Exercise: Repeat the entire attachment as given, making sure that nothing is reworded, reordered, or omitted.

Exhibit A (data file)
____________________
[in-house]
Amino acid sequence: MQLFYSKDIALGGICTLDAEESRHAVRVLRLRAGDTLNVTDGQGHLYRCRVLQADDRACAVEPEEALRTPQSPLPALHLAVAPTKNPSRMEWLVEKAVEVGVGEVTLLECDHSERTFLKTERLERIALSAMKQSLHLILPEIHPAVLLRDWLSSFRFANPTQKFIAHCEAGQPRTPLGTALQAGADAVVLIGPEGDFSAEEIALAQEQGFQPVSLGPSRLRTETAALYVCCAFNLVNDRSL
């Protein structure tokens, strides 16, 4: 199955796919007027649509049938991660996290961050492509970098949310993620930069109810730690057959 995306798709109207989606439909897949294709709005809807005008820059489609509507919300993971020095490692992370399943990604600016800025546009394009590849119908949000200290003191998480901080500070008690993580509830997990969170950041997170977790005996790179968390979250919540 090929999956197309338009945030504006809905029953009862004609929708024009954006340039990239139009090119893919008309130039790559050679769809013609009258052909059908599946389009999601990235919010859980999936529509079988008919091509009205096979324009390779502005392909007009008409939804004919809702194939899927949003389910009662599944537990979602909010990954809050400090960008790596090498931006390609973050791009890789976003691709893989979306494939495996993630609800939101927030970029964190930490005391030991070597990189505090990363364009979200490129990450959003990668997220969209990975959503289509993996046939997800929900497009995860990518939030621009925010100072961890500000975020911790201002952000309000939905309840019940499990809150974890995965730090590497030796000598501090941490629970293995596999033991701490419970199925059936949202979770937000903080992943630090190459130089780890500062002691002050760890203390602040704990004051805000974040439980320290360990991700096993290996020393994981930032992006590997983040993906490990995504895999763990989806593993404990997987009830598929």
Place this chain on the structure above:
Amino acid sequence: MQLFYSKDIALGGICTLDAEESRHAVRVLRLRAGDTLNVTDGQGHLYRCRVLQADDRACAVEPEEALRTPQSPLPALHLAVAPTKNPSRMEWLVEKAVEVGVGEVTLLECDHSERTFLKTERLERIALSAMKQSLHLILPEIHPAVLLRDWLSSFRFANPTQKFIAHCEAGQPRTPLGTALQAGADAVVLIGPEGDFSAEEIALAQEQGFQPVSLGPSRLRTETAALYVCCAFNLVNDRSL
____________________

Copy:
[in-house]
Amino acid sequence: MQLFYSKDIALGGICTLDAEESRHAVRVLRLRAGDTLNVTDGQGHLYRCRVLQADDRACAVEPEEALRTPQSPLPALHLAVAPTKNPSRMEWLVEKAVEVGVGEVTLLECDHSERTFLKTERLERIALSAMKQSLHLILPEIHPAVLLRDWLSSFRFANPTQKFIAHCEAGQPRTPLGTALQAGADAVVLIGPEGDFSAEEIALAQEQGFQPVSLGPSRLRTETAALYVCCAFNLVNDRSL
């Protein structure tokens, strides 16, 4: 199955796919007027649509049938991660996290961050492509970098949310993620930069109810730690057959 995306798709109207989606439909897949294709709005809807005008820059489609509507919300993971020095490692992370399943990604600016800025546009394009590849119908949000200290003191998480901080500070008690993580509830997990969170950041997170977790005996790179968390979250919540 090929999956197309338009945030504006809905029953009862004609929708024009954006340039990239139009090119893919008309130039790559050679769809013609009258052909059908599946389009999601990235919010859980999936529509079988008919091509009205096979324009390779502005392909007009008409939804004919809702194939899927949003389910009662599944537990979602909010990954809050400090960008790596090498931006390609973050791009890789976003691709893989979306494939495996993630609800939101927030970029964190930490005391030991070597990189505090990363364009979200490129990450959003990668997220969209990975959503289509993996046939997800929900497009995860990518939030621009925010100072961890500000975020911790201002952000309000939905309840019940499990809150974890995965730090590497030796000598501090941490629970293995596999033991701490419970199925059936949202979770937000903080992943630090190459130089780890500062002691002050760890203390602040704990004051805000974040439980320290360990991700096993290996020393994981930032992006590997983040993906490990995504895999763990989806593993404990997987009830598929």
Place this chain on the structure above:
Amino acid sequence: MQLFYSKDIALGGICTLDAEESRHAVRVLRLRAGDTLNVTDGQGHLYRCRVLQADDRACAVEPEEALRTPQSPLPALHLAVAPTKNPSRMEWLVEKAVEVGVGEVTLLECDHSERTFLKTERLERIALSAMKQSLHLILPEIHPAVLLRDWLSSFRFANPTQKFIAHCEAGQPRTPLGTALQAGADAVVLIGPEGDFSAEEIALAQEQGFQPVSLGPSRLRTETAALYVCCAFNLVNDRSL